Create a Python map from categorical data

Create a Python map from categorical dataZhongTr0nBlockedUnblockFollowFollowingMay 22There are a lot of great posts on building geographical maps using Python like this one.

However, all of these posts use choropleths for continuous data, meaning a gradient with a colorbar is used to fill the map.

As I couldn’t find a lot of information on how to build a map with categorical information, I decided to try and build something myself that turned out like this:Map from categorical data, built with Python.

RequirementsIn order to build this map you will need the following libraries:Pandas and NumPy (to work with dataframes)Geopandas (to work with shapefiles)Matplotlib (to plot charts)Prepare the dataGet the dataWhen creating geopandas maps you always need two files.

The first file, a shapefile, contains polygons to construct an empty map with boundaries.

You can find countless of shapefiles online for different regions and boundaries.

For this project I used a New York City shapefile with boroughs as boundaries.

fp = ‘geo_export_58b25928–032c-45c8-a41f-8345f112f4d4.

shp’map_df = gpd.

read_file(fp)The shapefile data.

Once the data is imported, you can already preview what the map looks like without without filling it with data.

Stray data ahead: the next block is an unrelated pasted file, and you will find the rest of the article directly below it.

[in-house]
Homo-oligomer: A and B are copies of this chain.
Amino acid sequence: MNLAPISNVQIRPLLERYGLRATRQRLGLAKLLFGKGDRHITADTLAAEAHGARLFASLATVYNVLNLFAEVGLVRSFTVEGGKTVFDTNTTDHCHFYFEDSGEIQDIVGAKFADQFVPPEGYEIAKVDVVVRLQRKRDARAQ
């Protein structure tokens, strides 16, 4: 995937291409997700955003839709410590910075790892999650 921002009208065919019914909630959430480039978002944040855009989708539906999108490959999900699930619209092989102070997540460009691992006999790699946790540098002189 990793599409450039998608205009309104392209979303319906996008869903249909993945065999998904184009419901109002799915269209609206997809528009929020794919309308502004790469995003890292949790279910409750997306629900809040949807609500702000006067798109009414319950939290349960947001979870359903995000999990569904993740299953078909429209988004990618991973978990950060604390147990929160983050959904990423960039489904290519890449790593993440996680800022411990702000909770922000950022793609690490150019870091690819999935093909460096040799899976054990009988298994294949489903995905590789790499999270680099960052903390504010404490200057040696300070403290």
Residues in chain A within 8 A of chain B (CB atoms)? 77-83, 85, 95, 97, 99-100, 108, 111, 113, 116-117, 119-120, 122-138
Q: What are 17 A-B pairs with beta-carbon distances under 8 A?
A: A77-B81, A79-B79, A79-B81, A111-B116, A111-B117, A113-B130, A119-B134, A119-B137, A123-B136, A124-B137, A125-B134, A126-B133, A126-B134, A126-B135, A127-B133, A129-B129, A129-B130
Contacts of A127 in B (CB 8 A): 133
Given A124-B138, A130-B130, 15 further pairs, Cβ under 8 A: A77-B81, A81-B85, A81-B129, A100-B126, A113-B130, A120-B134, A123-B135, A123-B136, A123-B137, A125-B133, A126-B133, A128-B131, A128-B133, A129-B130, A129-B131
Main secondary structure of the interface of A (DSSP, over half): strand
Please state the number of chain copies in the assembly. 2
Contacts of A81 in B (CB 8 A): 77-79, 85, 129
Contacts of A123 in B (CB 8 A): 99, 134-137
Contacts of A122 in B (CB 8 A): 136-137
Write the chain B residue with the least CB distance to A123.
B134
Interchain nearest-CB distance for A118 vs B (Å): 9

plot()A plot of the NYC shapefile.

Now let’s use our data to color code the different boroughs.

The second file will be the actual data, meaning containing the values you will use to fill the map.

In this case I used this file containing 364.

558 311-service-requests in New York City.

df = pd.


csv’)In this file, each row represents a request (or complaint).

However, I want to see the most popular type of complaint by borough.

By using a groupby I can create this overview:df_top_compl = df.

groupby(‘Borough’)[‘Complaint Type’].

apply(lambda x: x.



reset_index()Most frequent complaint by boroughMerge the dataNow we have both files, we can merge them together so we have a combination of geodata and fill data (complaints).

As both dataframes contain boroughs, we can merge based on this column.

However in the datafile the boroughs are written in uppercase, so we will need to apply this to the shapefile too.

map_df[‘Borough’] = map_df[‘boro_name’].

apply(lambda x: x.

upper())Now both files now have a column with similar values, we can merge them on said column.

(And just in case there are boroughs in the shapefile without a matching filler data, I also added a fillna() value.

)data_df = pd.

merge(map_df, df_top_compl, how=’left’, on=’Borough’)data_df[‘level_1’].

fillna(value=’No data’, inplace=True)Now all the data is ready, we can create the map!Creating the mapPreparing the colorsBefore we create the actual map, we will do some preparations for the legend.

Given the code should be dynamic in case the data changes, we can not use a fixed number of legend colors.

So what we will do is create a dictionary of filler values with a corresponding color from a palette (in this case matplotlib tab20b), with the exception of the ‘No data’ value, which by convention should always be gray.

keys = list(data_df[‘level_1’].

unique())color_range = list(np.

linspace(0, 1, len(keys), endpoint=False))colors = [cm.